It seems to me that my time here ranges on extremes a lot of times, meaning I either have a wonderful experience or something really sets me a few steps backwards in life. Seattle is a range of the good, the bad, and the weird for me.
I didn’t write anything last week because I felt terrible. While I love living alone, I hate being alone and sick. It’s the whole misery loves company scenario I suppose, but I definitely would love someone to be awake with me at 3am when I’m coughing so hard that I make myself throw up, even if just for the sake of some company.
After googling doctors offices under my insurance plan in the wee hours of the morning, I caved in and took a day off of work last week to get some meds to get me feeling better. All of my research could not have foretold that I would watch the man who would be my doctor that day roll up, park his massive truck with the vanity plate JOCKDOC, and mosey in as if that was completely acceptable.
I wondered if the “Jock” on his license plate referred to his preference for diagnosing the injuries of athletes or whether he was a massive sports fan himself. I decided either way I spun it, he wasn’t the ideal person I wanted on the other end of the stethoscope. I would prefer GEEKDOC, or MEDWHIZ, or NOBEDSIDEMANNERBUTDIANGOSINGGENUIS, however I realize that would take up too many characters. But I was in too deep, and I didn’t know where another doctor’s office was, so I took my chances and let JOCKDOC give me some codeine so my lungs could get some relief.
But then the uptick of my week came when I went to a trivia night with some friends, and we finally came in 2nd place after months of falling into categories of either 3rd place or second to last (this has happened several times, and it isn’t the worst fate as we do win a pitcher of beer for not being the worst team in the running).
Life was good again. I took a hardhat tour of a new apartment and got approved for it, so there’s a good chance I’ve lined up a new place to live next year, which is a serious weight off of my shoulders. It seemed my luck was on my side.
Then things started to take a turn. The bus routes got switched up so now I have to trek almost a mile to catch my bus to work. I should be grateful for the workout and to enjoy the nice weather, but when you are notoriously running five to ten minutes behind in life, having to hike a mile to your nearest bus stop ends with me missing the bus at least once a week.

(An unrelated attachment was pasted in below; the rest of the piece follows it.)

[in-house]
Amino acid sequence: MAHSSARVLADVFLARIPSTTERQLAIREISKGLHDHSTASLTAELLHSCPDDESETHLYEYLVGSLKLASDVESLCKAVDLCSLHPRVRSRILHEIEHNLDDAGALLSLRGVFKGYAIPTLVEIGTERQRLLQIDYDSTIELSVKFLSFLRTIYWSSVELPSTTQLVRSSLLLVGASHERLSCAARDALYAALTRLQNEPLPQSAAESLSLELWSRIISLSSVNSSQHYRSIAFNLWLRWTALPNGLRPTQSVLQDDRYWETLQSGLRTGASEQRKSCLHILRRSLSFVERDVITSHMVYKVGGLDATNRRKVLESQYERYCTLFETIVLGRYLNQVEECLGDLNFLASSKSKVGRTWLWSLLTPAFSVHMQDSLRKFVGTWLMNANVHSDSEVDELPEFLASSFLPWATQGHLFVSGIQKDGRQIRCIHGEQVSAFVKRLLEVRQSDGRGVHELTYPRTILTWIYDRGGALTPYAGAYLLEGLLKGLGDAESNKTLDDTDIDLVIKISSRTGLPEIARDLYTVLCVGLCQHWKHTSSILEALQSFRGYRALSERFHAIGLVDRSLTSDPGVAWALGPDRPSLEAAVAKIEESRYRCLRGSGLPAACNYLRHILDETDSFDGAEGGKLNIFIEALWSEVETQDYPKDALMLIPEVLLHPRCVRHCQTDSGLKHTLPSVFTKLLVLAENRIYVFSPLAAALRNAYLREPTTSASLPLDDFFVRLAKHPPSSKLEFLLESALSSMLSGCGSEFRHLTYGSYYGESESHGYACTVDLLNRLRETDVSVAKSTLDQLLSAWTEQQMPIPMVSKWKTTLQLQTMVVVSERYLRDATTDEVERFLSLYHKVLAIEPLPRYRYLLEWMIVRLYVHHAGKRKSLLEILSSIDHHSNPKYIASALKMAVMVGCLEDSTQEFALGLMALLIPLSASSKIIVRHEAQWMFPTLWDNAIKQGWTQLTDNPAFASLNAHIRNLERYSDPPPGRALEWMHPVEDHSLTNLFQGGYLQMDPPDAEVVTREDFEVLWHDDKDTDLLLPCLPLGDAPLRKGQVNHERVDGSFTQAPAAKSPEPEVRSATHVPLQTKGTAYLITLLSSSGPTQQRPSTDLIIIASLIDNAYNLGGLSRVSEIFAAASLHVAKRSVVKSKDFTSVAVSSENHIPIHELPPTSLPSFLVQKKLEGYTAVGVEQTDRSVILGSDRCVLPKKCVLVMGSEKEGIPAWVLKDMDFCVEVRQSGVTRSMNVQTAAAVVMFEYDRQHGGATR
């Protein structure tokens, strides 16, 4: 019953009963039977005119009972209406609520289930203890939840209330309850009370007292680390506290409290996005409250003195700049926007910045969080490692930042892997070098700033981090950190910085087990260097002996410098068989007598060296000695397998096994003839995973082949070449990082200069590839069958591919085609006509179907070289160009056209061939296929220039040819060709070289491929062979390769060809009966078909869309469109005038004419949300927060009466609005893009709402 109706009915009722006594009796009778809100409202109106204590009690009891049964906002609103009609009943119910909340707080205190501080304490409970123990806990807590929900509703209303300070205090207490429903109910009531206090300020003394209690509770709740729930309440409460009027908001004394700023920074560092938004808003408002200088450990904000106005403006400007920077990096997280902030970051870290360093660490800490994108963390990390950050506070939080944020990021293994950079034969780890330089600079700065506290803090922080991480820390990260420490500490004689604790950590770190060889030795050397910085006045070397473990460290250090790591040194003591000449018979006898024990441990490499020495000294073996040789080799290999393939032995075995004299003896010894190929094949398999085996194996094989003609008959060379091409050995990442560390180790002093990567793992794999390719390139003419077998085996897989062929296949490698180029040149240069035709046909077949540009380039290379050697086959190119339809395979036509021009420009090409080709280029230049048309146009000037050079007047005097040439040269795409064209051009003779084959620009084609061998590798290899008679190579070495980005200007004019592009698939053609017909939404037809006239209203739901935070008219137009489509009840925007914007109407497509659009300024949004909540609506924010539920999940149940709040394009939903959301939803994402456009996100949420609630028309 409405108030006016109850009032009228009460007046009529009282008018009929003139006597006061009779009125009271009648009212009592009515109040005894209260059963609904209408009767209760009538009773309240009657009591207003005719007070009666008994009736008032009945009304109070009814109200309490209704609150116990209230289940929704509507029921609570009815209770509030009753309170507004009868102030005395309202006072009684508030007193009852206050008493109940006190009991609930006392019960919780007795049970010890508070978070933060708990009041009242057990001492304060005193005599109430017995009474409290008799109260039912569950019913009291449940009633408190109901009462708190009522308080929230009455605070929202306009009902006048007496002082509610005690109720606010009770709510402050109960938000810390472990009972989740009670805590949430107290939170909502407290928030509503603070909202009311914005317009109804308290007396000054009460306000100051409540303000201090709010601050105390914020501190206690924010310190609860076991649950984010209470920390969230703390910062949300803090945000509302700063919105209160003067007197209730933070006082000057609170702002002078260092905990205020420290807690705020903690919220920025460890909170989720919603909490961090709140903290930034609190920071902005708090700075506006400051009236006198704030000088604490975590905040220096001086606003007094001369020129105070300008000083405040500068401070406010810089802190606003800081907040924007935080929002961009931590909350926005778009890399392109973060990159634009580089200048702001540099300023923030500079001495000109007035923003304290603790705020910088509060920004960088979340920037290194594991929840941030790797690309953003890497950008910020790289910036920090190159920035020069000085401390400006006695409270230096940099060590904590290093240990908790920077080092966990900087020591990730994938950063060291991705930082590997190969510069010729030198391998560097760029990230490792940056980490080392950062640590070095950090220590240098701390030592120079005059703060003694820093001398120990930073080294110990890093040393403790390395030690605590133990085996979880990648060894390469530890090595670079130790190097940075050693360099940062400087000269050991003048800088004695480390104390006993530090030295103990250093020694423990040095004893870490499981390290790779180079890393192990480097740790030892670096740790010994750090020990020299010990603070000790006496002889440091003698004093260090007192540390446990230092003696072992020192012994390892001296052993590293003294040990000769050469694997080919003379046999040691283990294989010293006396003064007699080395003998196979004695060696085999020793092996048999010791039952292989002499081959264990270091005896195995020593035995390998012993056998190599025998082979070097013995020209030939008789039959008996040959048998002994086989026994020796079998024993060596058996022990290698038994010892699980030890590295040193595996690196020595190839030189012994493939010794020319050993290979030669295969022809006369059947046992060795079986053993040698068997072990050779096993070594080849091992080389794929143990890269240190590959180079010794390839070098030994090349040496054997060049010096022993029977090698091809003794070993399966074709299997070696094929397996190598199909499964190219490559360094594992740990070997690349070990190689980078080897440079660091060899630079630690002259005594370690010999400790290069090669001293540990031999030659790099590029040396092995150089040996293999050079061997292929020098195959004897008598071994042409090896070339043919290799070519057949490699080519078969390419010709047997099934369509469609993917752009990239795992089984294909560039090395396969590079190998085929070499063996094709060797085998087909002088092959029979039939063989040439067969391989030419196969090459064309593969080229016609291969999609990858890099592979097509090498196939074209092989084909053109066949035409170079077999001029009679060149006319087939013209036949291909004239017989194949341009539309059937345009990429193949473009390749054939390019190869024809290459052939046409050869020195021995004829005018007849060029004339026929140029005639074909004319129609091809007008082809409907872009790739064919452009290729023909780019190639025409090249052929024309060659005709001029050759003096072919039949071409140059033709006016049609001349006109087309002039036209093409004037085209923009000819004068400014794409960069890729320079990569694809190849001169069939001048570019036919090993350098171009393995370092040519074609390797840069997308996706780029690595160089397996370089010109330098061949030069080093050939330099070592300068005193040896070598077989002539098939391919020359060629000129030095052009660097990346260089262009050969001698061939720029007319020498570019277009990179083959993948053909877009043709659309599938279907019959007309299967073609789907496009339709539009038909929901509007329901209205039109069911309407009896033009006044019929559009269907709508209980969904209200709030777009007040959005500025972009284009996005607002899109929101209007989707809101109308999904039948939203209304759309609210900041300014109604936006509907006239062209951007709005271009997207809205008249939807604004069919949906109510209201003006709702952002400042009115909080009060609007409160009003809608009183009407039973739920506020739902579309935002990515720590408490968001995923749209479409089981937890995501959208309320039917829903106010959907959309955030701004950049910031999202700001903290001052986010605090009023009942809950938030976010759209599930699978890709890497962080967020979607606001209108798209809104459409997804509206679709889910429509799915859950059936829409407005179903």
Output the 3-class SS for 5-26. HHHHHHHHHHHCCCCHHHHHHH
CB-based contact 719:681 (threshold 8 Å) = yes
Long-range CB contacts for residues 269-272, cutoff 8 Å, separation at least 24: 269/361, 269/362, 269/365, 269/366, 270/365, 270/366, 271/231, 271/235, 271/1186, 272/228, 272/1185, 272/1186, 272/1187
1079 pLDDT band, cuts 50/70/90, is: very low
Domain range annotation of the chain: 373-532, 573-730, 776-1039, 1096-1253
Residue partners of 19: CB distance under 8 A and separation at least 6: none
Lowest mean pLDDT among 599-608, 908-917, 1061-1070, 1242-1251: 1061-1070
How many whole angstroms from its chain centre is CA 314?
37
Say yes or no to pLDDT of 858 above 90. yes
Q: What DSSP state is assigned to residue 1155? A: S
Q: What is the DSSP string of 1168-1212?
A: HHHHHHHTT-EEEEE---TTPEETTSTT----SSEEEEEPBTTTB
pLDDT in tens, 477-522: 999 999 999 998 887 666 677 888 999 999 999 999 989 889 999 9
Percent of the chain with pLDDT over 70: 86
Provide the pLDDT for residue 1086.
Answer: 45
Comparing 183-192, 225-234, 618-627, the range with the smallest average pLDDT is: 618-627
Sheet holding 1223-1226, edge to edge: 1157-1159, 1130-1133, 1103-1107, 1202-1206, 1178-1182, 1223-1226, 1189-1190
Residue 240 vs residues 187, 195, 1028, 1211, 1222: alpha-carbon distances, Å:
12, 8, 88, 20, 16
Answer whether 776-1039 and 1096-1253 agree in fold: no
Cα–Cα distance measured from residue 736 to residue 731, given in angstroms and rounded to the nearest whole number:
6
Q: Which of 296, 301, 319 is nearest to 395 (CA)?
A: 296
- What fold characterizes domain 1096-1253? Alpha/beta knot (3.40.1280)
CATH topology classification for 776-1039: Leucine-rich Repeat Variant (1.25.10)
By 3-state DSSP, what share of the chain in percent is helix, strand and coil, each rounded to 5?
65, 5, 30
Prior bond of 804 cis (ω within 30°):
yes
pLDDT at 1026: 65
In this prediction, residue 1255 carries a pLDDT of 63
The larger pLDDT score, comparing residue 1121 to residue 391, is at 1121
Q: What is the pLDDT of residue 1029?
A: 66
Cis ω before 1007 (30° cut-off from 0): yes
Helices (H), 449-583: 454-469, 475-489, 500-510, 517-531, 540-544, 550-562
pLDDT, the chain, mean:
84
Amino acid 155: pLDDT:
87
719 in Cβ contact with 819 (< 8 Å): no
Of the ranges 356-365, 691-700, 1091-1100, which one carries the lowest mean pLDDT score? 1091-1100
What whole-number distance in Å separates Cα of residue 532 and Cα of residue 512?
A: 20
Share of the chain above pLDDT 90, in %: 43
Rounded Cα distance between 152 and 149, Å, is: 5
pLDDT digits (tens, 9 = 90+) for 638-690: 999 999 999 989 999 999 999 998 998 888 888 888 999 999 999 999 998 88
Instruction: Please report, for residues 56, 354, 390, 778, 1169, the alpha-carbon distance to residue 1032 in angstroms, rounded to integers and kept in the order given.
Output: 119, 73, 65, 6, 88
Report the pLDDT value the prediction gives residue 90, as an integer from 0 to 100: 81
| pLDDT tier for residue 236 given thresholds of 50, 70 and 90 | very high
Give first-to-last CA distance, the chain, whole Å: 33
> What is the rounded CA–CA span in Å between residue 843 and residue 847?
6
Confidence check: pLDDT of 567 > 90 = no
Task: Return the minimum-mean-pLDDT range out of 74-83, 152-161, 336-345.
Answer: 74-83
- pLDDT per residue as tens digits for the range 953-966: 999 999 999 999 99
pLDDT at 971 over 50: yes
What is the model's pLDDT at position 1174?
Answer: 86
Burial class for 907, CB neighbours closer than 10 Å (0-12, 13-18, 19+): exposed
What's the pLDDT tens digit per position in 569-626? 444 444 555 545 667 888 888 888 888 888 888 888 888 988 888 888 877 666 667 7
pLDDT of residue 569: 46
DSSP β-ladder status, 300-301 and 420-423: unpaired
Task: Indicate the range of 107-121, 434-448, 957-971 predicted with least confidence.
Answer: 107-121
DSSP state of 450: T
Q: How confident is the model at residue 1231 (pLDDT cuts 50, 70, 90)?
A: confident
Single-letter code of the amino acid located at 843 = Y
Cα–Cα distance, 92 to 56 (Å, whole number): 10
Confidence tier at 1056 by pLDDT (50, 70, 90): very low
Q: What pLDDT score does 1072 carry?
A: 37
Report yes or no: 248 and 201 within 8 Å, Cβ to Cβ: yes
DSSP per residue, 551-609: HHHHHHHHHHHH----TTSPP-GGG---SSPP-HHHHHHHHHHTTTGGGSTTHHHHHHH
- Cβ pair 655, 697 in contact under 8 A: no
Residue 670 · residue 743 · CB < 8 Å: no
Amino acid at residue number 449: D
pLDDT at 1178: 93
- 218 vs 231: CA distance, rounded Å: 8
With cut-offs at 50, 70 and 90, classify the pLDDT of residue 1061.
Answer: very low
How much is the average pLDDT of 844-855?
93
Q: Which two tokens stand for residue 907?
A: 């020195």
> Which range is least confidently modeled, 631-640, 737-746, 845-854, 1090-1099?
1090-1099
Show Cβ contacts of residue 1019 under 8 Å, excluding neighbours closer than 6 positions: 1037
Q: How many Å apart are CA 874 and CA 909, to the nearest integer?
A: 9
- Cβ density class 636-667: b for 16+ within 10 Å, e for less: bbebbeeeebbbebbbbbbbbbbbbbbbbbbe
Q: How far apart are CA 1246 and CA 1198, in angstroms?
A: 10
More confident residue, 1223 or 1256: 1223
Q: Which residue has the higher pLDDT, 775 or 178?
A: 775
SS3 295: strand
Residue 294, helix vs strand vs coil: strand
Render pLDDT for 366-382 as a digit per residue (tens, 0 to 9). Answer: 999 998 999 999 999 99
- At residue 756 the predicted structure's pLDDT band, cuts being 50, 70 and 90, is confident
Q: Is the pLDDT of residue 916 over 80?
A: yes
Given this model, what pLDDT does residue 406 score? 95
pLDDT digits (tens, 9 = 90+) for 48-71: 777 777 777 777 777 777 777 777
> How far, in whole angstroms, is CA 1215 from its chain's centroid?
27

There was a girl at my bus stop who insisted on singing her heart out along with the song on her headphones. I wondered if the cough syrup had the side effect of making me invisible, or maybe I was hallucinating. Clearly she wouldn’t be singing if she could see there was only one other human being present. Surely she would know how bizarre and socially unacceptable that seemed.
Then I was chatting to a friend on the way to yet another trivia night (I openly acknowledge that I need a new hobby), when a tall man standing in front of us seemed to be unnerved by the fact that we were talking to each other. He whipped around, his “Human Bus Schedule” pin stuck in his beaten up denim jacket on full display.
I’ve been mulling it over for days, and I still don’t understand what the pin means. I’m also not convinced there is a store that sells it. Who would buy it other than this dude? What does it even mean? I was staring at the pin, convinced it was homemade, and he looked us in the eyes, cleared his throat loudly, said “PSHEEEEWWWW” as if he was a child making the noise of an imaginary laser gun, and then raised his right shoulder up toward his head.
I stood in shock, as he turned back around, and looked at my friend, making sure she was witnessing this level of weirdness unraveling right in front of our eyes. As we tried to keep our cool, we heard a man openly belching at the next bus stop over.
Normally I find bathroom humor hilarious, as I have the maturity level of a child when it comes to things like that. After all, it wasn’t unusual to hear my dad openly belch words and phrases like “My arm” around the house while I was growing up. Supposedly he picked this up from my grandfather, who used to belch the phrase “Hello You.” My grandma thought he was saying “I love you,” so didn’t shut it down because she thought he was at least being sweet with his burping word choice as she had misunderstood it.
I started to laugh as I listened to the guy burp, but then it got old after four rounds, and the Human Bus Schedule started turning around and doing his throat-clearing-laser-imitating-shoulder-twitching tick again. The bus couldn’t come fast enough.
So the good, the bad, and the weird all fell within the same span of a week. But as I’ve learned, the weird is fairly normal around here. It comes with the territory. Just another random week of Seattle living.